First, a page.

And so all along the way, my early journey had an impact on all my decisions. When I was in the Army, I loved what I did. I absolutely loved it. I think God blessed me and I excelled at it. And I noticed that men would come to me when they had issues. Now, I wasn’t a chaplain and I had no intention of becoming a chaplain. But I did notice there was something different.

Eventually, I was recruited by the State Department in a counterterrorism role. And when I began that journey, I more intentionally started praying again. I was in Washington DC – a terrible commute that took an hour and a half just to get into the office. I start praying on the way to work, and at five minutes I’d be done. But that five minutes soon turned into an hour and a half of prayer.

            

All these things were foundational and strengthened me, we were also quite active in our church and I think it was a tribute to Bible study and prayer. I was very engaged in the Word of God. Precept by precept, word by word. I served as a Deacon and Elder at several churches and ended up becoming a vocational pastor. I had two or three other jobs and was doing that, but all along the way, God was in it. He strengthened us and opened doors and we saw His church grow. Lots of people came to faith, it was just an amazing journey.

So I guess I would say the strength of my faith did influence decisions. Decisions to want to go to the military because I wanted to serve and give back. I wanted to make a difference. I wanted to protect people who couldn’t protect themselves. In special forces, we have a motto, “De oppresso liber,” which means to free the oppressed. I even get calls from friends, some who are not of faith still, and I pray for them all the time. They say “Rich you’re getting to do that, to free the oppressed in ministry.”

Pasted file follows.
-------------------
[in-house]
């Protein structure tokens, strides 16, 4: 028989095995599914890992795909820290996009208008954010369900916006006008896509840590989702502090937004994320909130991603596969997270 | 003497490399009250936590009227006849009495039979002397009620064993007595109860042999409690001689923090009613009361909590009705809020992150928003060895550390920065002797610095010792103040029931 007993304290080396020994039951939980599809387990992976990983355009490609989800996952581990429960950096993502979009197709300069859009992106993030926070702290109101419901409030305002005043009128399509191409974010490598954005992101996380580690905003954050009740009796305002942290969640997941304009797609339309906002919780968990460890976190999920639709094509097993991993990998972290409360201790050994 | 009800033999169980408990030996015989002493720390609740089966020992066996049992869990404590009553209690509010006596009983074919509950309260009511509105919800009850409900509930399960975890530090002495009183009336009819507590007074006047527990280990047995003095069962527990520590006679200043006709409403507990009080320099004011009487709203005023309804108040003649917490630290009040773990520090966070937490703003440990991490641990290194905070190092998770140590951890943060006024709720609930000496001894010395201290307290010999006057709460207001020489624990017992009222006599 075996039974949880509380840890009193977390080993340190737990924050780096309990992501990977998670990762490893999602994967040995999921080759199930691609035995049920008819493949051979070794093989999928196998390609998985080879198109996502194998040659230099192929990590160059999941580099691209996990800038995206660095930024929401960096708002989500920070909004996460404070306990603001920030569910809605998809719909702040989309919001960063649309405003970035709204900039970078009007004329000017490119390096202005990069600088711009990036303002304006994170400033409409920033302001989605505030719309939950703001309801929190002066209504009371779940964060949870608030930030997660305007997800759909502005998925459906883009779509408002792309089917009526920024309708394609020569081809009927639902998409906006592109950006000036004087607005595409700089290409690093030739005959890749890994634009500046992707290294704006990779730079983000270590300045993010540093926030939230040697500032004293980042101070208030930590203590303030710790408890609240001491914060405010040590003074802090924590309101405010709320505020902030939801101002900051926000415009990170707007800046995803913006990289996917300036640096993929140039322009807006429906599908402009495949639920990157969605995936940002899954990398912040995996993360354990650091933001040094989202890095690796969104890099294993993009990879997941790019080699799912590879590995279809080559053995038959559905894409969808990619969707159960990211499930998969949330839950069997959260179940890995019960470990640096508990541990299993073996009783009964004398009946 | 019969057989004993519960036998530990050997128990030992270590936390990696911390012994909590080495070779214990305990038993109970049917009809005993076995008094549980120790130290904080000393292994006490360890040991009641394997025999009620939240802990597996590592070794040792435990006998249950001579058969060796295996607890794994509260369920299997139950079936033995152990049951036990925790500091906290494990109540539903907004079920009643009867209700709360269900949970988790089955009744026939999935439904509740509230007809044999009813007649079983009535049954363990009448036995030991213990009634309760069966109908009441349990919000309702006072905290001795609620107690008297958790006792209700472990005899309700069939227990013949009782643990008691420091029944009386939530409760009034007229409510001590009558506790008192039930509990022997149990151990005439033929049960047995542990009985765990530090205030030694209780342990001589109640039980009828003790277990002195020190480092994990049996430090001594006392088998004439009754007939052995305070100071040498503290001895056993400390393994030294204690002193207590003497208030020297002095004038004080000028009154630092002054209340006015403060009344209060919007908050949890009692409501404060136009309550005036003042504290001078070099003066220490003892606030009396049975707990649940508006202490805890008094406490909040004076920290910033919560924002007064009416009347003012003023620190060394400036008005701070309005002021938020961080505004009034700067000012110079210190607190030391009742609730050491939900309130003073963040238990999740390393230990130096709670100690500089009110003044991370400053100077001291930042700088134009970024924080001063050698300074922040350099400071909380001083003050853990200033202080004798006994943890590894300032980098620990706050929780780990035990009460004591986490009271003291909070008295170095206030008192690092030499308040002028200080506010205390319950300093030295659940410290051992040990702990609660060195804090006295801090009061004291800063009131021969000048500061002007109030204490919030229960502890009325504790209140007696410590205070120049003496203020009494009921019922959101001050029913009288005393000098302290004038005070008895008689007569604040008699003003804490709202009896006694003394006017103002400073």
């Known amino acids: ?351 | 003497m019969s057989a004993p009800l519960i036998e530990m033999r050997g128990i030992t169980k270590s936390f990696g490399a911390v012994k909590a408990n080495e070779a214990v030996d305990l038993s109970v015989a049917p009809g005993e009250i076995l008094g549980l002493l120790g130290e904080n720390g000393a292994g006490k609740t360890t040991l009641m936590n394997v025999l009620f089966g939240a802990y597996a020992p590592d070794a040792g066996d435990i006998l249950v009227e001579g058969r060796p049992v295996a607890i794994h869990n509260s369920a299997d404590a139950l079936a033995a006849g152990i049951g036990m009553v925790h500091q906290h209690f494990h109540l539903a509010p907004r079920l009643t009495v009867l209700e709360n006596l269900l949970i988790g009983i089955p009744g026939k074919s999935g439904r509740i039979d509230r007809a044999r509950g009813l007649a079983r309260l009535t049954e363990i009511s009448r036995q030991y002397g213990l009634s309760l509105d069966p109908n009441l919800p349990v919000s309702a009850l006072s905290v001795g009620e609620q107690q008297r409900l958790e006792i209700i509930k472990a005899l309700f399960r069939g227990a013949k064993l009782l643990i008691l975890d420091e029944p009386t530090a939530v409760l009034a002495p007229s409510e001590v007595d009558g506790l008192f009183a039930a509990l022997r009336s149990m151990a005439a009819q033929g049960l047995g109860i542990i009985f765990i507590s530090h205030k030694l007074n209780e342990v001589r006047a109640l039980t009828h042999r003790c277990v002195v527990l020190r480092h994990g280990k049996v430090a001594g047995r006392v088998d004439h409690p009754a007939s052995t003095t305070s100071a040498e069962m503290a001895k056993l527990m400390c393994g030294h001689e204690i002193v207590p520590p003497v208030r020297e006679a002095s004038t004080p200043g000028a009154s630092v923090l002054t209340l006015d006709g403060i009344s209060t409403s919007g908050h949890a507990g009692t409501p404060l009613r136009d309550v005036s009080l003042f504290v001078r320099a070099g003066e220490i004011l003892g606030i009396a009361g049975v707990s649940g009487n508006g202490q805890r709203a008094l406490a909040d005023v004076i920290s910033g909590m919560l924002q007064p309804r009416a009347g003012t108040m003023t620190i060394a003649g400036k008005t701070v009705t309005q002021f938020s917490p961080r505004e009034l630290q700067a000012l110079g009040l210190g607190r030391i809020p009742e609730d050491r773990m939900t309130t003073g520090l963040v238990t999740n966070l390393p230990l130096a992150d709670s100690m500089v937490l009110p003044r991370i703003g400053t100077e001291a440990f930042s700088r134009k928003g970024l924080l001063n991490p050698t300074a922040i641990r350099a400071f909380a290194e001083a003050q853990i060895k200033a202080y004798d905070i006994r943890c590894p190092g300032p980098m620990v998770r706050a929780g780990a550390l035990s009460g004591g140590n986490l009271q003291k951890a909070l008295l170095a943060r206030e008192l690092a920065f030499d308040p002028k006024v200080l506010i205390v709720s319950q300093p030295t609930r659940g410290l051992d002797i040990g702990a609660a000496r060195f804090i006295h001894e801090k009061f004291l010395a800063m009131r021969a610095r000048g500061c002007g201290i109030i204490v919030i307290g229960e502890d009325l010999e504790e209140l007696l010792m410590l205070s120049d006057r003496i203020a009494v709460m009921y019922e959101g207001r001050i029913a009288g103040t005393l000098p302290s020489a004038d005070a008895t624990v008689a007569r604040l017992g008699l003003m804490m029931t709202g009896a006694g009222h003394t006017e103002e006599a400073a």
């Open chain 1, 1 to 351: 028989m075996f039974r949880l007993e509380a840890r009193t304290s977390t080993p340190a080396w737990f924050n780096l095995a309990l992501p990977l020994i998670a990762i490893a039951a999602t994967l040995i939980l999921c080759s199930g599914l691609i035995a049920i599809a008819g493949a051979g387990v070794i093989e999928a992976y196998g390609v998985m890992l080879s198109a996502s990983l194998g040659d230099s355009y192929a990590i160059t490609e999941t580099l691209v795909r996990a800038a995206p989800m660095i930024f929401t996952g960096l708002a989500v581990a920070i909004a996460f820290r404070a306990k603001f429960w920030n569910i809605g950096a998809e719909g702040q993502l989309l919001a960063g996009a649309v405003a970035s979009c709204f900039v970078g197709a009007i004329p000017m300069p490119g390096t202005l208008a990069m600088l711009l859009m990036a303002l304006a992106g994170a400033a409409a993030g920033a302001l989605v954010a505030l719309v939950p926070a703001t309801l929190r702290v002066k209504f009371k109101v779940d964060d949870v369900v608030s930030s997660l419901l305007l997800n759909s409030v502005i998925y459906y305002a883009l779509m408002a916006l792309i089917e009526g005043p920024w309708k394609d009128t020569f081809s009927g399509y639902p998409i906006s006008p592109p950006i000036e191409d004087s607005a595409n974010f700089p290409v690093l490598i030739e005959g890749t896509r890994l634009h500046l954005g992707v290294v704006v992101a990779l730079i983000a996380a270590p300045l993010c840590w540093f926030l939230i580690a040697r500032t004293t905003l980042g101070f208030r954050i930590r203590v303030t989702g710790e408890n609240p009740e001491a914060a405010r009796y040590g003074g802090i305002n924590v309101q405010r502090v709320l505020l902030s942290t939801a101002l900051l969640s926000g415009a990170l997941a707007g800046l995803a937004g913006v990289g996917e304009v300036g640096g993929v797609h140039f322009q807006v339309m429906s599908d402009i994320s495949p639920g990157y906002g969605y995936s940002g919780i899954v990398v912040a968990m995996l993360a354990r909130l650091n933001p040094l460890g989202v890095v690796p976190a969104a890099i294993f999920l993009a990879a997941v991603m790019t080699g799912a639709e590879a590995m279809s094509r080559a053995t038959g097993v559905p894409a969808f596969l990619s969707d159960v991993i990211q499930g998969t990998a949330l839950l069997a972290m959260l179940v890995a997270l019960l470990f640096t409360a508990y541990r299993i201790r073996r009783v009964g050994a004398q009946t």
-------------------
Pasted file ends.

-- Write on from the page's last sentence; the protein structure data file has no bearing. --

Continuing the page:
When you go into the ministry or military or whatever, whether you’re in as a business leader, it’s always a calling. All of this is God’s calling. It’s not like I left God’s calling when I left the military or I’m in it now because I’ve been doing faith-based ministry. It’s always a calling. HE just shifts the focus. All the things I’ve done, all of these decisions – the things that were in my leadership and my understanding – all came through my faith. Constantly praying.

I can remember, I was at a training camp during Desert Storm.  I was in this tent in the middle of the Saudi desert. And I had been there for a couple hours praying and one of the non-commissioned officers – a great man who later became a pastor as a matter of fact – came in and said “I knew I’d find you in here all alone praying. We need you over at the headquarters.” No matter who you are or no matter where you are, you can be who you are, if you’ll stay faithful to that.